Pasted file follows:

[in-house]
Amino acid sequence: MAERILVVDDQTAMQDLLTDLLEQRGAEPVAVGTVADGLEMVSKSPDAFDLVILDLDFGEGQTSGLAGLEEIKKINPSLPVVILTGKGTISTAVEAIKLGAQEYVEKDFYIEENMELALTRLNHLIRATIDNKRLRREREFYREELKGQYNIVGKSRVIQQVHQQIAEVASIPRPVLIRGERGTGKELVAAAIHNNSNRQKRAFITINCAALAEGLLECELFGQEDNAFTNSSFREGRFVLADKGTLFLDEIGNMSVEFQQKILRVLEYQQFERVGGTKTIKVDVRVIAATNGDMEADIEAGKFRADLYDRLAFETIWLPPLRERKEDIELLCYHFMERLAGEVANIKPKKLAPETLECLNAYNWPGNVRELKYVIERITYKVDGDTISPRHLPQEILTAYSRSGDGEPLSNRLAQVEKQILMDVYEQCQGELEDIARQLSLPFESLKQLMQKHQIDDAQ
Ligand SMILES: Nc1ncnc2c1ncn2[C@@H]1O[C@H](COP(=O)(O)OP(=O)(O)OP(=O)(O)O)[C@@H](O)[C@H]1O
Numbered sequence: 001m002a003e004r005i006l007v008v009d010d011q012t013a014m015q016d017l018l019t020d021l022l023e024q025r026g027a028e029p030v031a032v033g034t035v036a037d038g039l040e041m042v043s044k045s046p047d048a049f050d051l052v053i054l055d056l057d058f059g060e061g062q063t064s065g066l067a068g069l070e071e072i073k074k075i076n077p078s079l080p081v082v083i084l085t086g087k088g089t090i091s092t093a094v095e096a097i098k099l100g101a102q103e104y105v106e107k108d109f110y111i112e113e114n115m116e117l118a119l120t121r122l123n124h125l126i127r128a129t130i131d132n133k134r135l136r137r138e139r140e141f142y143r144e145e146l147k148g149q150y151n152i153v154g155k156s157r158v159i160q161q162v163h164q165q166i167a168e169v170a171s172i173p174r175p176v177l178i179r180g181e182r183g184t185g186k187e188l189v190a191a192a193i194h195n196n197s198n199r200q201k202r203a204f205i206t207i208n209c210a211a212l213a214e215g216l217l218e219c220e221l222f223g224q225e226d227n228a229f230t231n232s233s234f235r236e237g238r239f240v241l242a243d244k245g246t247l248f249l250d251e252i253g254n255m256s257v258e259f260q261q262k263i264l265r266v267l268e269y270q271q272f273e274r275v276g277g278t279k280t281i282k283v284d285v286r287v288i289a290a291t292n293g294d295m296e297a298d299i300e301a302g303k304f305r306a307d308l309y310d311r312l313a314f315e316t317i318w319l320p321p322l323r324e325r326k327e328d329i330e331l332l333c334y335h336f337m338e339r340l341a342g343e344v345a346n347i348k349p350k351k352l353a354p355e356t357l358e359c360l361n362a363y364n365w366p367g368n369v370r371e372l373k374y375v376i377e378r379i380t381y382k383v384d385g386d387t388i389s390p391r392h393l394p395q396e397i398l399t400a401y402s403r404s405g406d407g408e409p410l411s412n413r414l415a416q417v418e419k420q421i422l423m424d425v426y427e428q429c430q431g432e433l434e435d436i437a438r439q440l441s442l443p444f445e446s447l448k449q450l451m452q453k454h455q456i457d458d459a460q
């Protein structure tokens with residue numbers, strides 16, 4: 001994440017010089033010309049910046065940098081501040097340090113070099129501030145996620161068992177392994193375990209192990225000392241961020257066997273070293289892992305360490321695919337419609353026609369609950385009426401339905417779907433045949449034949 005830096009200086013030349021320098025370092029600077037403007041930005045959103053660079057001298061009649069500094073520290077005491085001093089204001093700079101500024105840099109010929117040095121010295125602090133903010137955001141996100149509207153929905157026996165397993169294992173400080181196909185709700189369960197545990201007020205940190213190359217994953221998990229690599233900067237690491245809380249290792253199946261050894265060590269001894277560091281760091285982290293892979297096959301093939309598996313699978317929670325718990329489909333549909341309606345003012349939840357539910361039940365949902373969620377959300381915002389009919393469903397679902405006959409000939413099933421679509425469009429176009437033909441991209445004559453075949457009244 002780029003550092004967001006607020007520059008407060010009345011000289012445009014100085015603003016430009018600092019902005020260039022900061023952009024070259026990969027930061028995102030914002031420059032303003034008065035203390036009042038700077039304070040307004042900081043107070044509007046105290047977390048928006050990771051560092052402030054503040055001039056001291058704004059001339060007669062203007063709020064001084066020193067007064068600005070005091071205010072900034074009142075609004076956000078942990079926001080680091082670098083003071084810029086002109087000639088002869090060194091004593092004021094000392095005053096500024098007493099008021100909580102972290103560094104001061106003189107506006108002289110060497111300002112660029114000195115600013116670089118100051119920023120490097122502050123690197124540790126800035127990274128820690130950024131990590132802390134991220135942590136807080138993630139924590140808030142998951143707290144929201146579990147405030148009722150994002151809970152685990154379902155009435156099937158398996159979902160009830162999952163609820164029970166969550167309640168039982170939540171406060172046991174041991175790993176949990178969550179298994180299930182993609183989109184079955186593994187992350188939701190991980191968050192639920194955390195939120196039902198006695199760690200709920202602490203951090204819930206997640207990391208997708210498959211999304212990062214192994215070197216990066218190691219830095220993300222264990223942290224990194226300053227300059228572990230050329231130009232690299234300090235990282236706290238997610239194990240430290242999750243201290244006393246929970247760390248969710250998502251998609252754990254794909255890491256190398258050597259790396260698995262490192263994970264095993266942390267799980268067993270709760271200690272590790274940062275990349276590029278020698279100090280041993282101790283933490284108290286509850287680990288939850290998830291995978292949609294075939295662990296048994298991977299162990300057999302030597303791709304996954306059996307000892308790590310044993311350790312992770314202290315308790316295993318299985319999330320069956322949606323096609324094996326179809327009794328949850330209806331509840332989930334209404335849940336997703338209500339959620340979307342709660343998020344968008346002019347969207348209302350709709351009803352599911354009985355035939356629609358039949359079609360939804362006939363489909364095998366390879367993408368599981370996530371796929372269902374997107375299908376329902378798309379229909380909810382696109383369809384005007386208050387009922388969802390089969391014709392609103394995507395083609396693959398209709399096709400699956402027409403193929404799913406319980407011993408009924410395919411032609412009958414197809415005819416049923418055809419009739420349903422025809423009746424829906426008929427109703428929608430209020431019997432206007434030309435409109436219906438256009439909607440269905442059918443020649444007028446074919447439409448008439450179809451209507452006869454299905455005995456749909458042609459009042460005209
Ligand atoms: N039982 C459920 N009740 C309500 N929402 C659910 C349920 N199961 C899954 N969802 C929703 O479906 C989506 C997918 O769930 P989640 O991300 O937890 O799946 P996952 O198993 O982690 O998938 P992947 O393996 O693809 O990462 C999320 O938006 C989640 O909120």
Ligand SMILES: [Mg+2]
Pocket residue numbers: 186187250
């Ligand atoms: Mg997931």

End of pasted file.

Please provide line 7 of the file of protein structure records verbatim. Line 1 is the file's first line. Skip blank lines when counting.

Ligand SMILES: [Mg+2]